Nonetheless, faced with rising budget deficits and a recessionary economy, the federal government recently moved to prop up the sagging private loan market. This past year, the Department of Education announced plans to support the FFEL program by creating a “private market financing vehicle” to provide capital directly to lenders. At the same time, the Department began buying up $6.5 billion in private FFEL loans, to provide a short-term bridge until the financing vehicle is operational. Supporters of the bailout argue that if the program collapsed, the fallout would overwhelm the government’s resources. “A lot of these lenders are getting close to the edge. They’re on very thin ice. And it wouldn’t take much to push them over,” says Mark Kantrowitz, publisher of

But critics of the plan would rather see the money given directly to students in the form of new loans. “It seems that what we’re creating is direct loans by another name,” says Eileen O’Leary, assistant vice-president for finance and director of student financial services at Stonehill College and formerly the president of the Direct Loan Coalition. “One of the positives of the FFEL program is that it uses private capital to service a public need, but if the government is supplying the capital, they really ought to rethink it.” When asked by a reporter why the Department chose not to simply channel the $6.5 billion through the direct program, Undersecretary of Education Sara Martinez Tucker said they would “meet the challenges of any schools that wish to transition,” but offered no further explanation.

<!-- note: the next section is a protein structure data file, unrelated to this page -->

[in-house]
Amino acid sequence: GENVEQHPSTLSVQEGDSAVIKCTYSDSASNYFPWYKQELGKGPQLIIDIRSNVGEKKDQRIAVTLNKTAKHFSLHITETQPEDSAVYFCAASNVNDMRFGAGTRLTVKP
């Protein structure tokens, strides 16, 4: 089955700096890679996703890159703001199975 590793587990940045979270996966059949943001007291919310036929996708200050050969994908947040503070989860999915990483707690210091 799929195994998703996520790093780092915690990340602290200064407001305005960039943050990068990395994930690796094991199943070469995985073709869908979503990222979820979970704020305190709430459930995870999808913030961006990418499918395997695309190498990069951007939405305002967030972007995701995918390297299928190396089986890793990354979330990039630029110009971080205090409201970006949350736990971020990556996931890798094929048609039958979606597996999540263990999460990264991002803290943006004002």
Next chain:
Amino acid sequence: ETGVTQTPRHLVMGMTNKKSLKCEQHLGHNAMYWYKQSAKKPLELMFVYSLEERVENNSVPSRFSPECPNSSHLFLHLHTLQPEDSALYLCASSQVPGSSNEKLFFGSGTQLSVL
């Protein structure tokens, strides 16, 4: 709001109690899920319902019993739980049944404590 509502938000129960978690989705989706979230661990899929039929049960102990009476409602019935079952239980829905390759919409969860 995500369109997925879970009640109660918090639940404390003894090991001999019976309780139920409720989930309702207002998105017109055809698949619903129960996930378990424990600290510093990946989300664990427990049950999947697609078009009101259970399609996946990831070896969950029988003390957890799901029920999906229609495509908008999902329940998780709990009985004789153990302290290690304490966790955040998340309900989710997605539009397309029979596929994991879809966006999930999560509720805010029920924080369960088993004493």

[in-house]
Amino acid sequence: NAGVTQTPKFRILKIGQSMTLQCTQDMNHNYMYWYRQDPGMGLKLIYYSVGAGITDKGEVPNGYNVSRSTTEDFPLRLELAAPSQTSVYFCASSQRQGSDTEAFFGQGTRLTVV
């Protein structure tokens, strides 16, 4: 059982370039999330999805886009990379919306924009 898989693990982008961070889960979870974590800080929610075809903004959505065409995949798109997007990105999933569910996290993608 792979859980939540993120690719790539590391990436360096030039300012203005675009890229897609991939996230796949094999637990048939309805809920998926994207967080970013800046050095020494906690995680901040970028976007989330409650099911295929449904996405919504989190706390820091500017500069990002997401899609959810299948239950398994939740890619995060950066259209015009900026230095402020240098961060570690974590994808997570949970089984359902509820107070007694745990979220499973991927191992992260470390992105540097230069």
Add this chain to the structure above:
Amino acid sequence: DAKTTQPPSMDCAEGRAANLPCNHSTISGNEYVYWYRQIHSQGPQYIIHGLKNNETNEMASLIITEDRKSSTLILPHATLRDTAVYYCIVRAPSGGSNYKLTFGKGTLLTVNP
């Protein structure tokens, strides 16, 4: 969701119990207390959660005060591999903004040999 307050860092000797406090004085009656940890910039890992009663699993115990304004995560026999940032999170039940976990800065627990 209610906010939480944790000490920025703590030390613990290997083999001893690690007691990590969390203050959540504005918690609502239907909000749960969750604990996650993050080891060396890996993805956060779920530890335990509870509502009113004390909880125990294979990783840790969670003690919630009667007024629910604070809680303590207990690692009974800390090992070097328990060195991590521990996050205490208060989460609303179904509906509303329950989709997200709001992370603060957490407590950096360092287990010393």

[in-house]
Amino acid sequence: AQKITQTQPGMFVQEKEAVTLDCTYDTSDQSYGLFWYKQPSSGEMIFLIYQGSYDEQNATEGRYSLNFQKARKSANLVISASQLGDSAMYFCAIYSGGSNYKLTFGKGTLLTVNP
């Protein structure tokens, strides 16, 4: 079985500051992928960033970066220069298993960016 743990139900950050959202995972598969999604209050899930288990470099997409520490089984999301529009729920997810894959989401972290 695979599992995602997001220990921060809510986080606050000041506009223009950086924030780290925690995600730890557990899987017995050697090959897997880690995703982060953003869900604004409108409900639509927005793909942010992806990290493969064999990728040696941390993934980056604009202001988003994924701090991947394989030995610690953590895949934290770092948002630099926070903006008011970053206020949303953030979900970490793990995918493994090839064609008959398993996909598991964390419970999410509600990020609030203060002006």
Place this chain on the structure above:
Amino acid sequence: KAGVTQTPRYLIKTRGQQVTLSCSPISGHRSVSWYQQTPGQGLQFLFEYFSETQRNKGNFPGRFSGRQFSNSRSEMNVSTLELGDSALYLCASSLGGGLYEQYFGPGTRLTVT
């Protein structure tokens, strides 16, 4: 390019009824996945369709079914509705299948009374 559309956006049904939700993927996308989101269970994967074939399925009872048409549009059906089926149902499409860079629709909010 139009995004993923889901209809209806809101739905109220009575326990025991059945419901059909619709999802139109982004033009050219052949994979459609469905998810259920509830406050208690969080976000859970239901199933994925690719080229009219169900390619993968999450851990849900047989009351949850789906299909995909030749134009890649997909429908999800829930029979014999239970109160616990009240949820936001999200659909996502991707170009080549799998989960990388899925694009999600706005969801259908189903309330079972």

The short-term liquidity provided by the $6.5 billion does come with some important accountability measures. Lenders are not allowed to sell loans to the Department of Education that have been unpaid for more than 210 days, and cannot sell any loans that have been securitized or that have liens attached to them. But although lenders are technically required to use all the bailout funds for generating new loans, any money they use to free existing loans from liens or securities counts towards the total amount of new credit they disburse–creating an incentive for lenders to buy dubious loan securities back from investors and then dump the risk on the government. “They’ll take advantage of anything that proves profitable,” says O’Leary. “That’s the business they’re in.”

At a recent Goldman Sachs conference, Albert L. Lord, vice chairman and CEO of Sallie Mae, practically glowed with praise for the new program. “We’re beginning to see a few not so obvious signs that things are improving,” he said, adding that the company was planning to add over $25 billion in assets over the next year. “We’re going to do that,” he went on, “with funding…not one dime of which was available to us a year ago. Our FFEL…program will be financed entirely by government financing, paid obviously by the Treasury through the Department of Education.” With Sallie Mae and the Goldman Sachs investors gloating over the government money that will soon be rolling in, it seems that the student lending portion of the financial bailout is no different than the rest–a corporate giveaway for shareholders and CEOs, and cold comfort for the borrowers who need it most.

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Katrina vanden Heuvel
Editorial Director and Publisher, The Nation